6. Rooms

Like 'Heartless,' this song is another poem. The music is dark and eerie, and almost feels like the beginning of a horror film. Then the voice kicks in, intensifying the darkness. Imagine being locked in a room, hearing voices on the other side of the walls. Did they put you there? Are they there to rescue you? Or are they trapped as well?"

7. Nameless

"Coming out of the darkness comes this track. It draws on the introspection we have about mistakes we have made as an individual. These mistakes live with us day after day; constant reminders and respectively referred to in the song as our 'enemies.' It's a constant struggle between living in the past and moving forward with your life, while learning from what you've done. We named the song 'Nameless' because we did not have a title for it during the recording process. We had some ideas, but nothing really stuck. We kept it titled 'Nameless' simply because the suffix '-less' found its way onto several of the other song titles, so we just left it."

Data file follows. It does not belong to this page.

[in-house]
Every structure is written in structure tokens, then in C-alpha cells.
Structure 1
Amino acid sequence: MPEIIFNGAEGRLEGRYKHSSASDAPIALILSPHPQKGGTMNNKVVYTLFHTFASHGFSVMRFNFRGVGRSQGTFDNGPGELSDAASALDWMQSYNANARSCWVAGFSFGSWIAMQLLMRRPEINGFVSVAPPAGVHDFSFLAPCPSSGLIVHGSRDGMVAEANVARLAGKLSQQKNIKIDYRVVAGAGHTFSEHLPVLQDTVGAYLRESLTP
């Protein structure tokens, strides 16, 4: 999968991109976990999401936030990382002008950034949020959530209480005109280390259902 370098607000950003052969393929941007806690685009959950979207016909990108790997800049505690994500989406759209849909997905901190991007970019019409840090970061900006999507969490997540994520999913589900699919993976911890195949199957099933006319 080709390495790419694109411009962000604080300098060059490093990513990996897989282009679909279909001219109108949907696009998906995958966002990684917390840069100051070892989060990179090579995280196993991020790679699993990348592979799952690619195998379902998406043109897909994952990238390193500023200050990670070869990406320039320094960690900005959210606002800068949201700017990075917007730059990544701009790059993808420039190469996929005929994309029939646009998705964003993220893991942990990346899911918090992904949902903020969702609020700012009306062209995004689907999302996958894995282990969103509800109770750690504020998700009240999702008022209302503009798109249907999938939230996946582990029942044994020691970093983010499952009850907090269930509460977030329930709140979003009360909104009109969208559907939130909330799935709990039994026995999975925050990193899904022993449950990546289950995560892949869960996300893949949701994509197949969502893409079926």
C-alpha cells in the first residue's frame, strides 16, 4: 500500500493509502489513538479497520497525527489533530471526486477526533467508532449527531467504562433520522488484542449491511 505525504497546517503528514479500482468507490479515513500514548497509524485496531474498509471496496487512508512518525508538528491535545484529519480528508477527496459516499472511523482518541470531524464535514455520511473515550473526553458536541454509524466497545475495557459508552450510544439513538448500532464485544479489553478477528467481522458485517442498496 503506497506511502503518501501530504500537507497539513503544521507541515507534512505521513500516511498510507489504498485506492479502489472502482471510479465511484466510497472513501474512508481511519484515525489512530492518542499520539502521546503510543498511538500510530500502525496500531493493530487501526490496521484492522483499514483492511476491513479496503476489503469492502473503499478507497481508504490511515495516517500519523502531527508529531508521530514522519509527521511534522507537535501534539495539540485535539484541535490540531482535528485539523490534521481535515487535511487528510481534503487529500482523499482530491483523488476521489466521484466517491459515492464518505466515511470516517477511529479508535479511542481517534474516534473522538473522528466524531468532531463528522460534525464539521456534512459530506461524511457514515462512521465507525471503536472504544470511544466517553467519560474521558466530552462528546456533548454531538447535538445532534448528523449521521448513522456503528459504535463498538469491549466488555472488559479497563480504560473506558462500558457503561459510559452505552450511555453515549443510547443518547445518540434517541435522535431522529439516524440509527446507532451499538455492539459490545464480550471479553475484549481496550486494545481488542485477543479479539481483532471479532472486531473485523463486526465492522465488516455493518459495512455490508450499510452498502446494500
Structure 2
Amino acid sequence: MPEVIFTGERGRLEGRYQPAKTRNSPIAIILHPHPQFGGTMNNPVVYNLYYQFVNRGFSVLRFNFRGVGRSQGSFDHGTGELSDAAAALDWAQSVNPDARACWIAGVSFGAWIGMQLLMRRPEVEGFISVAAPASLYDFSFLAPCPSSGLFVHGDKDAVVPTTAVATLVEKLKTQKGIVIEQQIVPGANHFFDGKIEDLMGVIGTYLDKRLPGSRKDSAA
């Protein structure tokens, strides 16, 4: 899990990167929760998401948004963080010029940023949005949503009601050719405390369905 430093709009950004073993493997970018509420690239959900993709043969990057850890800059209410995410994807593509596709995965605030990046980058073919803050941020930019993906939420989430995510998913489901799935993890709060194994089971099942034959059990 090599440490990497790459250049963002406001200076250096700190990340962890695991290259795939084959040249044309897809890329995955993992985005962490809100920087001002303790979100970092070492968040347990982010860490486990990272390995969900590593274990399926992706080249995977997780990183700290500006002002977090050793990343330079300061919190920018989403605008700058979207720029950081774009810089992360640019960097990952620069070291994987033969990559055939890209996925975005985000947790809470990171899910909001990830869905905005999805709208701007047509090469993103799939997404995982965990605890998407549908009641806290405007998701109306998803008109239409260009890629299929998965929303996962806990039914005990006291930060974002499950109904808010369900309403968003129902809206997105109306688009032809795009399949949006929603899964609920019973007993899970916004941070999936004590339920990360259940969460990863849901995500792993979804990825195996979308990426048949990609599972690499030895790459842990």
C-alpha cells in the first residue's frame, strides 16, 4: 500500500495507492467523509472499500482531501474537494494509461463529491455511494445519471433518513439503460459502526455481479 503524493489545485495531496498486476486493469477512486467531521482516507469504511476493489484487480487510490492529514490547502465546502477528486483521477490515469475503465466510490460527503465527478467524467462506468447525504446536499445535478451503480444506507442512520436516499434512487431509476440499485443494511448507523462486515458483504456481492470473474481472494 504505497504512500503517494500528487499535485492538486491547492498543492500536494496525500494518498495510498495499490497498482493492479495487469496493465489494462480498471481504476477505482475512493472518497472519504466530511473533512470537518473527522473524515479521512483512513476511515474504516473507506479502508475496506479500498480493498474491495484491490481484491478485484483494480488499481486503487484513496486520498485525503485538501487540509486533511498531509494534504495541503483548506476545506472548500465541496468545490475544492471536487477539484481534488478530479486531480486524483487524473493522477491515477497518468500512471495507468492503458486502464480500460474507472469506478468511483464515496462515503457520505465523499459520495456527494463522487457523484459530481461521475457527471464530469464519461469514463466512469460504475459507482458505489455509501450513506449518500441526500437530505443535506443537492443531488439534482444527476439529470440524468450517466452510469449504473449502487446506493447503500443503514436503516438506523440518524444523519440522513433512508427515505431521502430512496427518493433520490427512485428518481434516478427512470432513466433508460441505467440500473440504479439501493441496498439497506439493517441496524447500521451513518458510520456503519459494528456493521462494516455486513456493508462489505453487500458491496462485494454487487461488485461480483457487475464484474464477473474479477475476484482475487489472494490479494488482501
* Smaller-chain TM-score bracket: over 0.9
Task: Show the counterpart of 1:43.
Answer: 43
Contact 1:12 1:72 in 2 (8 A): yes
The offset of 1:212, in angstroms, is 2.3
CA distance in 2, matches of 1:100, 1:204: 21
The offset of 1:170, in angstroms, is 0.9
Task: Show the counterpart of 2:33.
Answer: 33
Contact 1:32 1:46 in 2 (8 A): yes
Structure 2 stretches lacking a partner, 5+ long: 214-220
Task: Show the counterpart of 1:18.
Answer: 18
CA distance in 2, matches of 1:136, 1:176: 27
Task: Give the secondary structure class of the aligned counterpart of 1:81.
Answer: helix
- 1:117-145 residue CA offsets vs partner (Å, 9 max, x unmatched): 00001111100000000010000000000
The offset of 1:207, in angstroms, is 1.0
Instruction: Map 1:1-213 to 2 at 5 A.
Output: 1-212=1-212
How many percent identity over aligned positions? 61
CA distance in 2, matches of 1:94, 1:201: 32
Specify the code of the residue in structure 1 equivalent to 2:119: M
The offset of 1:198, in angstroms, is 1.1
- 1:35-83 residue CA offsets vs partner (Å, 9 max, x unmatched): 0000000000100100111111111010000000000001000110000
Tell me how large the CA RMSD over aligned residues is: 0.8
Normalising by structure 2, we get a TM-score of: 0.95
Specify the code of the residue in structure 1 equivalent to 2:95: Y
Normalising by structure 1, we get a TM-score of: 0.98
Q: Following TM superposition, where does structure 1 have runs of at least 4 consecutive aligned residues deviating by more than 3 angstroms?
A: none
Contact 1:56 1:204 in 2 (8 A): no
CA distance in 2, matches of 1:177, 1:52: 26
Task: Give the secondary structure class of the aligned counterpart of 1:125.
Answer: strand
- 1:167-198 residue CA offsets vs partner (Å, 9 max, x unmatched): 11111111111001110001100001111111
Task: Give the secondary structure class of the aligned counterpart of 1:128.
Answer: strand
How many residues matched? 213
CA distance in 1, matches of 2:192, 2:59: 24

8. Diamonds

"This song was the first full song of ours that was recorded almost entirely electronically. This song also uses poetry to tell the story, but differently than 'Heartless' or 'Rooms.' It still has the format of a song. Verse, chorus, verse, chorus. The music will remind listeners of groups like Puscifer, Depeche Mode, and Phantogram."

9. Shameless

"This song is definitely the happiest song on the album. It's basically a shoulder for the listener to lean on. Everyone has their demons and has been pushed to the limit before. This song urges you not to take that final step out the window. It's also different stylistically from most of the other songs on the album, it's got some bluesy influence thrown in there."

10. Toothless